"What one can see out in the sunlight is always less interesting than what is behind a windowpane."













Thursday, April 1, 2010

"Someday You'll Thank Me for This."




Today is the day I take down and clean all the curtains, move all the furniture to mop some floors, and dust everything I could possibly reach; in other words, it's Spring Cleaning Day! And on this auspicious occasion, I am reminded of a phrase my Mom always said when forcing us to spend an entire weekend cleaning, "Someday you'll thank me for this."

I didn't believe her, especially since these words were usually attached to a chore I hated or event I dreaded. Basically, if I hated it, I'd be "thanking her for it someday."

Spring cleaning was a biggie in our house. With nine people living under one roof (and only one bathroom, but, that's another story!), by the time Spring came, it was high time to open up those windows and let some fresh air in! It also meant deep-down cleaning, the kind of dirt only a mother can see.

One day, as I was cleaning the "parlor" (what we called our living room) I just had a hopeless attitude. We lived on a busy city street right next to a parking lot. Our house was old, but big with lots of potential. (Oh, how I'd love to own that home now!), but money was tight. Paying for food and oil was more of a priority than owning new furniture or making aesthetic repairs.

Sighing, I asked Ma, "What's the use? No matter how much I clean, it still doesn't look good." I then pointed out the rug stained with car oil my brother had tracked in. Then there was the old furniture where seven young children had climbed on, jumped on, ate on, and I'm sure even spit-up on! Plus, with such a large family, there was "stuff" everywhere. I was the one guilty of having too much hamster clutter.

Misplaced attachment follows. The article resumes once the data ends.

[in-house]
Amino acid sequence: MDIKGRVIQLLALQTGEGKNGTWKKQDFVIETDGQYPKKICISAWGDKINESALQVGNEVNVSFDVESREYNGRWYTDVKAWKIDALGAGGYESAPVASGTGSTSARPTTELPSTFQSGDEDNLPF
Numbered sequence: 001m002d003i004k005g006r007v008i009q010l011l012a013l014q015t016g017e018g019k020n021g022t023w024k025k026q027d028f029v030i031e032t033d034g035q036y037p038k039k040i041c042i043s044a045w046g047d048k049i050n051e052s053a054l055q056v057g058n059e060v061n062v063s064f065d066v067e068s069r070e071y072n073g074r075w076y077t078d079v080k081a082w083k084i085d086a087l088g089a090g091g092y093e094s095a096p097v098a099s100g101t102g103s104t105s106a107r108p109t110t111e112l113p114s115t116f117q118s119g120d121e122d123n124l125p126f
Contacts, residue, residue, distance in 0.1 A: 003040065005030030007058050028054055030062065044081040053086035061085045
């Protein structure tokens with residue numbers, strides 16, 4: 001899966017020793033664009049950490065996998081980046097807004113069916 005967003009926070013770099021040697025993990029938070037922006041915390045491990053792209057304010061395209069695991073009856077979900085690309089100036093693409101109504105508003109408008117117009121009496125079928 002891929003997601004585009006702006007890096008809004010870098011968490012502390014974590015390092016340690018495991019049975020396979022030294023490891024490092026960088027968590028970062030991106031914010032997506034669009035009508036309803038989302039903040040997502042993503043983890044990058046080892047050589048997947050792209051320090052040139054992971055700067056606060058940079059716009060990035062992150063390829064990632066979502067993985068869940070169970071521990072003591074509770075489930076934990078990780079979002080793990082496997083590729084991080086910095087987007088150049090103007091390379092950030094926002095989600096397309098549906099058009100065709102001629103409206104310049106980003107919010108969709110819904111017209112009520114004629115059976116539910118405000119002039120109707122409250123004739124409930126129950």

Looking back, I'm thankful Ma wasn't hurt by my attitude. I'll always remember her response because it changed the way I viewed cleaning and our house forever. She said, "Just because we don't have the nicest furniture, doesn't mean we don't take pride in it. We may not have a lot, so what we do have we take care of." It was like a light went on for me. I finally understood why Ma spent countless hours cleaning the house, only for us to destroy all her hard work within hours. It wasn't just about a clean house, but appreciating what we had. Cleaning was about gratitude.

Ma was right. It may be late in coming, but THANK YOU MOM, for teaching me to respect and take care of whatever I possess. Thanks for putting up with all my moaning and forcing me to do it over and over until I got it right. With the responsibilities of my own home now, I consider myself lucky to have learned so much at such an early age.

Now, when my kids whine about having to clean, I smile and tell them, "Someday, you'll thank me for this."

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